We are at the brink of 2016, and it is imperative for Healthcare organizations to be aware of the changes in Affordable Care Act (ACA) for 2017, as these changes are going to impact their health plans and businesses. Some of the major changes, as highlighted by HR Professionals Magazine “The Department of Labor (DOL) began auditing group health plans in 2012 for compliance with ACA along with other standing federal laws such as the Employee Retirement Income Security Act of 1974 (ERISA), the Health Insurance Portability and Accountability Act of 1996 (HIPAA) and the Consolidated Omnibus Budget Reconciliation Act (COBRA), among other federal laws, and continues to do so. The Internal Revenue Service (IRS) launched its full ACA audit enforcement this year. In its Fiscal Year 2016 Budget, released on February 2, 2015, the budget included a specific provision proposing the hiring of over 400 full-time employees to enforce ACA statutory requirements. Thus, compliance with the ACA should be at the forefront of business planning for not only the remaining 2016 calendar year but as we plan for 2017 and beyond.”
Earlier this year, the Obama Administration, in its budget proposal for fiscal year 2017, detailed the budget for the Office for Civil Rights (OCR) increasing it to $1.15 trillion and allotting it to the Department of Health and Human Services (HHS). According to the budget, 43 million has been allocated to the OCR and $82 million will go to the Office of National Coordination for Health IT (ONC). It will, no doubt, be possible for the HHS to pursue its new initiatives effectively, and the OCR plans on increasing the on-staff auditor team for better preparations for the next round of HIPAA compliance audits. The proposed budget, being pushed to ensure patient privacy and security, prioritizes HIPAA compliance and audits, enforced by the OCR. This funding increase will allow both ONC and OCR to modernize the efforts of security, by implementing a more advanced healthcare IT infrastructure.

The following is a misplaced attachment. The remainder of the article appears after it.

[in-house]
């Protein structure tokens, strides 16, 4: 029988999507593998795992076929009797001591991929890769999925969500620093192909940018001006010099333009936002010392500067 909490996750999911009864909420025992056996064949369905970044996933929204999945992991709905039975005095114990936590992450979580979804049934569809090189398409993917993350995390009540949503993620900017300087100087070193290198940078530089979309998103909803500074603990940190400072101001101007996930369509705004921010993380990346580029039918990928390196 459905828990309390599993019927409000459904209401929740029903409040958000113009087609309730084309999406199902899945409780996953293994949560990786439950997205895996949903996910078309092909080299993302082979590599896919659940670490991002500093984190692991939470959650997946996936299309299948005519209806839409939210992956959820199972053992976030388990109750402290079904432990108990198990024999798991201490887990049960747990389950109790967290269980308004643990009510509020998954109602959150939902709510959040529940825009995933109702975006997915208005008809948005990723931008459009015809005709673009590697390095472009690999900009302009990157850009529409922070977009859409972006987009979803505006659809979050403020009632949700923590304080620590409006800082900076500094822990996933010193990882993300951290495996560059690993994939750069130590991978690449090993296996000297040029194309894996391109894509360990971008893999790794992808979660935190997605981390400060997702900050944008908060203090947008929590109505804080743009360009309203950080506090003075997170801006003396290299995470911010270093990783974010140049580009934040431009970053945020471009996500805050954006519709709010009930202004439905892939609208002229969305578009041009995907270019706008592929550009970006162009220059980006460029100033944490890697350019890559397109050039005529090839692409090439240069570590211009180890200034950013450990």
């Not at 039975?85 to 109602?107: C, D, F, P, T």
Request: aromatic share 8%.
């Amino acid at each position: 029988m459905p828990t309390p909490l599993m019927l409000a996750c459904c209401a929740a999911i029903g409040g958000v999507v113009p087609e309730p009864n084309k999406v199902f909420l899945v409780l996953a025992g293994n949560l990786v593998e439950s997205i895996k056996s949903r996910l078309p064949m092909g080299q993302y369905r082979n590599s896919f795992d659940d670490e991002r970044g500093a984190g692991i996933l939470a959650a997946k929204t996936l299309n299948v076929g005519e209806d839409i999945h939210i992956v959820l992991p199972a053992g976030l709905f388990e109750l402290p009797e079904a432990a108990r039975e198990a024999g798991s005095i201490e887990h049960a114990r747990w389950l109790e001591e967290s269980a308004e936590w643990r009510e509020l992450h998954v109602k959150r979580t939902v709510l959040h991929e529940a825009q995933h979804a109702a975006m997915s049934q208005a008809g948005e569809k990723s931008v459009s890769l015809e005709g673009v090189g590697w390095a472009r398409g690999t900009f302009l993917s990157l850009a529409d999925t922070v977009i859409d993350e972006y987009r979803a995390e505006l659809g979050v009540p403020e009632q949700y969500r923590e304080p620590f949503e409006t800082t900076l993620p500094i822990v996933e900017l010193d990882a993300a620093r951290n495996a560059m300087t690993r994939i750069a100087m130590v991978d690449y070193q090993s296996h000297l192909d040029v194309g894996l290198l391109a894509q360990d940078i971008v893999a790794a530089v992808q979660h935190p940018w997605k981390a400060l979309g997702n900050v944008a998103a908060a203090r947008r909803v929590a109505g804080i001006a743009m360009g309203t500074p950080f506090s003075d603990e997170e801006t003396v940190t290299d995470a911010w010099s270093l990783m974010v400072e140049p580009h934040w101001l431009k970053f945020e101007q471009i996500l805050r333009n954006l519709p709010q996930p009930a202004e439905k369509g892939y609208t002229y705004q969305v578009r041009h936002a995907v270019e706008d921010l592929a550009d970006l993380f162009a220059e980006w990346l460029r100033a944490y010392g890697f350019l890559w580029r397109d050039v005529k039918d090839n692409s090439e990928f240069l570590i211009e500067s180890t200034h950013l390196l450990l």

In the budget for fiscal year 2016, congress had rejected proposed funding of permanent HIPAA compliance audits. However, the OCR officials announced that they’d start Phase 2 of HIPAA audit program this March, before the increase of budget proposal or its approval. The program was a result of the 2009 Health Information Technology for Economic and Clinical Health (HITECH) Act, which affects more than 4,600 facilities and 11 million patients. As the OCR is held responsible for regulatory enforcement and policy development, they provided outreach to inform covered entities about their rights, protections, and obligations. Enforcing compliance is not the only goal of HIPAA compliance; however, it also aims at offering practical assistance and remediation plans to improve Protected Health Information (PHI) security and integrity. As stated in budget, it is a “proactive approach to evaluating and ensuring HIPAA privacy and security compliance”.
HIPAA and its other business associates need to be practically and periodically reviewed to access compliance with HIPPA, Privacy, Security and Breach notification rules. For more information on HIPAA planning in 20017, join this session HIPAA Planning for 2017 – Focusing Attention on the Key Issues for the Next Year, by expert speaker Jim Sheldon-Dean on Thursday, December 20 and come to know the key focus areas of HIPAA Compliance planning in 2017.